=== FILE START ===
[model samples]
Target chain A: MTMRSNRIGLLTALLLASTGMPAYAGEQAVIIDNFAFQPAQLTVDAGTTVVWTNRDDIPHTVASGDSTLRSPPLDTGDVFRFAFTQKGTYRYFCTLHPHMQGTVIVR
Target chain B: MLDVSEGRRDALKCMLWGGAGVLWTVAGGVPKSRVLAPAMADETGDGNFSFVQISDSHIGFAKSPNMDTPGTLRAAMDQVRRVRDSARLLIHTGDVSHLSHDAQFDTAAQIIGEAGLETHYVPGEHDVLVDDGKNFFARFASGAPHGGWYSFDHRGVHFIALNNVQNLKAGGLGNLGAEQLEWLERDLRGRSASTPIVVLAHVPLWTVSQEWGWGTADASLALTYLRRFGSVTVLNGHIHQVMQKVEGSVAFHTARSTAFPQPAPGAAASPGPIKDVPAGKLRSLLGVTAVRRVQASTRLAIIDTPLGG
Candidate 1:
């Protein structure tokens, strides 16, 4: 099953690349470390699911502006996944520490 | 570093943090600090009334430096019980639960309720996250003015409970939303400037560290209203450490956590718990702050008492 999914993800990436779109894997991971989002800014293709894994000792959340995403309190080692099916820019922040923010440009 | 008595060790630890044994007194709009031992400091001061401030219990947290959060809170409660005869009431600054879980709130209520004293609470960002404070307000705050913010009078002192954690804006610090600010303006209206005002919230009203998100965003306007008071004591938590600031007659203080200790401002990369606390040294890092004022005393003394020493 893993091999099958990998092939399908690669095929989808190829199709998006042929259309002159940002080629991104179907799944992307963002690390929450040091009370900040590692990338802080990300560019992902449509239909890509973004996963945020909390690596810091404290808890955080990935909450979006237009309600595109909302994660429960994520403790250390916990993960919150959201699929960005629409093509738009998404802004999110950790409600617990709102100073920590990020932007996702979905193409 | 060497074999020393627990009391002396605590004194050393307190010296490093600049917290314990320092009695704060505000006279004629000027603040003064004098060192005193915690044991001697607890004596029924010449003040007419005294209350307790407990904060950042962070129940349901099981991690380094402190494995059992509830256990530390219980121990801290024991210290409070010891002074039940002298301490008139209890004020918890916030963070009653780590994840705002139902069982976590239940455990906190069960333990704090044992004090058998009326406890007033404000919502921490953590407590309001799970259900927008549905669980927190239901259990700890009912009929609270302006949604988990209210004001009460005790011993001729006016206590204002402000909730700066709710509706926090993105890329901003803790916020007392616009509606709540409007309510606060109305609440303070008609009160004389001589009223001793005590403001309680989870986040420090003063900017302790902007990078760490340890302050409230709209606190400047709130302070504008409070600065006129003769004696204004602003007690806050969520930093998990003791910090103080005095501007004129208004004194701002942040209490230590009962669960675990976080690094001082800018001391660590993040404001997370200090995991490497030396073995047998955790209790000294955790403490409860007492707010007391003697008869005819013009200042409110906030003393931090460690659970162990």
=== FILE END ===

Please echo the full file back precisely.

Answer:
[model samples]
Target chain A: MTMRSNRIGLLTALLLASTGMPAYAGEQAVIIDNFAFQPAQLTVDAGTTVVWTNRDDIPHTVASGDSTLRSPPLDTGDVFRFAFTQKGTYRYFCTLHPHMQGTVIVR
Target chain B: MLDVSEGRRDALKCMLWGGAGVLWTVAGGVPKSRVLAPAMADETGDGNFSFVQISDSHIGFAKSPNMDTPGTLRAAMDQVRRVRDSARLLIHTGDVSHLSHDAQFDTAAQIIGEAGLETHYVPGEHDVLVDDGKNFFARFASGAPHGGWYSFDHRGVHFIALNNVQNLKAGGLGNLGAEQLEWLERDLRGRSASTPIVVLAHVPLWTVSQEWGWGTADASLALTYLRRFGSVTVLNGHIHQVMQKVEGSVAFHTARSTAFPQPAPGAAASPGPIKDVPAGKLRSLLGVTAVRRVQASTRLAIIDTPLGG
Candidate 1:
């Protein structure tokens, strides 16, 4: 099953690349470390699911502006996944520490 | 570093943090600090009334430096019980639960309720996250003015409970939303400037560290209203450490956590718990702050008492 999914993800990436779109894997991971989002800014293709894994000792959340995403309190080692099916820019922040923010440009 | 008595060790630890044994007194709009031992400091001061401030219990947290959060809170409660005869009431600054879980709130209520004293609470960002404070307000705050913010009078002192954690804006610090600010303006209206005002919230009203998100965003306007008071004591938590600031007659203080200790401002990369606390040294890092004022005393003394020493 893993091999099958990998092939399908690669095929989808190829199709998006042929259309002159940002080629991104179907799944992307963002690390929450040091009370900040590692990338802080990300560019992902449509239909890509973004996963945020909390690596810091404290808890955080990935909450979006237009309600595109909302994660429960994520403790250390916990993960919150959201699929960005629409093509738009998404802004999110950790409600617990709102100073920590990020932007996702979905193409 | 060497074999020393627990009391002396605590004194050393307190010296490093600049917290314990320092009695704060505000006279004629000027603040003064004098060192005193915690044991001697607890004596029924010449003040007419005294209350307790407990904060950042962070129940349901099981991690380094402190494995059992509830256990530390219980121990801290024991210290409070010891002074039940002298301490008139209890004020918890916030963070009653780590994840705002139902069982976590239940455990906190069960333990704090044992004090058998009326406890007033404000919502921490953590407590309001799970259900927008549905669980927190239901259990700890009912009929609270302006949604988990209210004001009460005790011993001729006016206590204002402000909730700066709710509706926090993105890329901003803790916020007392616009509606709540409007309510606060109305609440303070008609009160004389001589009223001793005590403001309680989870986040420090003063900017302790902007990078760490340890302050409230709209606190400047709130302070504008409070600065006129003769004696204004602003007690806050969520930093998990003791910090103080005095501007004129208004004194701002942040209490230590009962669960675990976080690094001082800018001391660590993040404001997370200090995991490497030396073995047998955790209790000294955790403490409860007492707010007391003697008869005819013009200042409110906030003393931090460690659970162990």